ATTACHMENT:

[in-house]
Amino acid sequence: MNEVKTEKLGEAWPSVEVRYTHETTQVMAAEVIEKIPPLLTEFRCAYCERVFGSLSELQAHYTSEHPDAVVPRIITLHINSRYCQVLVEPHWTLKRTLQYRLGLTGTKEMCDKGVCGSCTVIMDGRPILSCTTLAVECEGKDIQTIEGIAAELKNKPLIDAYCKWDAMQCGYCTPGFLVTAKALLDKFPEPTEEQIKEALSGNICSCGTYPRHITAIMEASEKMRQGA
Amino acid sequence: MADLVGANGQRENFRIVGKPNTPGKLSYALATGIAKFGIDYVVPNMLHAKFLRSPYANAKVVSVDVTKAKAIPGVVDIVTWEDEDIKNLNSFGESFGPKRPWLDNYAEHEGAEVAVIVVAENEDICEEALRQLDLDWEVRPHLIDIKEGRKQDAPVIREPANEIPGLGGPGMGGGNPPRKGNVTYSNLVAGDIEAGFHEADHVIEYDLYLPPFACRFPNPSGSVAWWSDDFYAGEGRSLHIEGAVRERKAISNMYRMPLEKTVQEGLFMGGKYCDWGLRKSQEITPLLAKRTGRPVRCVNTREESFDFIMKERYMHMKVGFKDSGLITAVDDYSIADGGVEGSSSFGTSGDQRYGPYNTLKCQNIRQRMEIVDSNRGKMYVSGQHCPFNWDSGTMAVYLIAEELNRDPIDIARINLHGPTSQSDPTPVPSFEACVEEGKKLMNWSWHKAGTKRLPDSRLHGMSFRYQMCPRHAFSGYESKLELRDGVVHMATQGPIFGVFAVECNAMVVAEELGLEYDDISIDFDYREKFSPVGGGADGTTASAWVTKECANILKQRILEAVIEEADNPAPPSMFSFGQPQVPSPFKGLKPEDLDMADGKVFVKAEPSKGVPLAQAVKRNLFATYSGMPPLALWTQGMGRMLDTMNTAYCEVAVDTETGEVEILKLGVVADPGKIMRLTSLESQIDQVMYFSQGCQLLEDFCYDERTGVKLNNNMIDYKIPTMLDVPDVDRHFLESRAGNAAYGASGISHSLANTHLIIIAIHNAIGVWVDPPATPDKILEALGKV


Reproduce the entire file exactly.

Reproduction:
[in-house]
Amino acid sequence: MNEVKTEKLGEAWPSVEVRYTHETTQVMAAEVIEKIPPLLTEFRCAYCERVFGSLSELQAHYTSEHPDAVVPRIITLHINSRYCQVLVEPHWTLKRTLQYRLGLTGTKEMCDKGVCGSCTVIMDGRPILSCTTLAVECEGKDIQTIEGIAAELKNKPLIDAYCKWDAMQCGYCTPGFLVTAKALLDKFPEPTEEQIKEALSGNICSCGTYPRHITAIMEASEKMRQGA
Amino acid sequence: MADLVGANGQRENFRIVGKPNTPGKLSYALATGIAKFGIDYVVPNMLHAKFLRSPYANAKVVSVDVTKAKAIPGVVDIVTWEDEDIKNLNSFGESFGPKRPWLDNYAEHEGAEVAVIVVAENEDICEEALRQLDLDWEVRPHLIDIKEGRKQDAPVIREPANEIPGLGGPGMGGGNPPRKGNVTYSNLVAGDIEAGFHEADHVIEYDLYLPPFACRFPNPSGSVAWWSDDFYAGEGRSLHIEGAVRERKAISNMYRMPLEKTVQEGLFMGGKYCDWGLRKSQEITPLLAKRTGRPVRCVNTREESFDFIMKERYMHMKVGFKDSGLITAVDDYSIADGGVEGSSSFGTSGDQRYGPYNTLKCQNIRQRMEIVDSNRGKMYVSGQHCPFNWDSGTMAVYLIAEELNRDPIDIARINLHGPTSQSDPTPVPSFEACVEEGKKLMNWSWHKAGTKRLPDSRLHGMSFRYQMCPRHAFSGYESKLELRDGVVHMATQGPIFGVFAVECNAMVVAEELGLEYDDISIDFDYREKFSPVGGGADGTTASAWVTKECANILKQRILEAVIEEADNPAPPSMFSFGQPQVPSPFKGLKPEDLDMADGKVFVKAEPSKGVPLAQAVKRNLFATYSGMPPLALWTQGMGRMLDTMNTAYCEVAVDTETGEVEILKLGVVADPGKIMRLTSLESQIDQVMYFSQGCQLLEDFCYDERTGVKLNNNMIDYKIPTMLDVPDVDRHFLESRAGNAAYGASGISHSLANTHLIIIAIHNAIGVWVDPPATPDKILEALGKV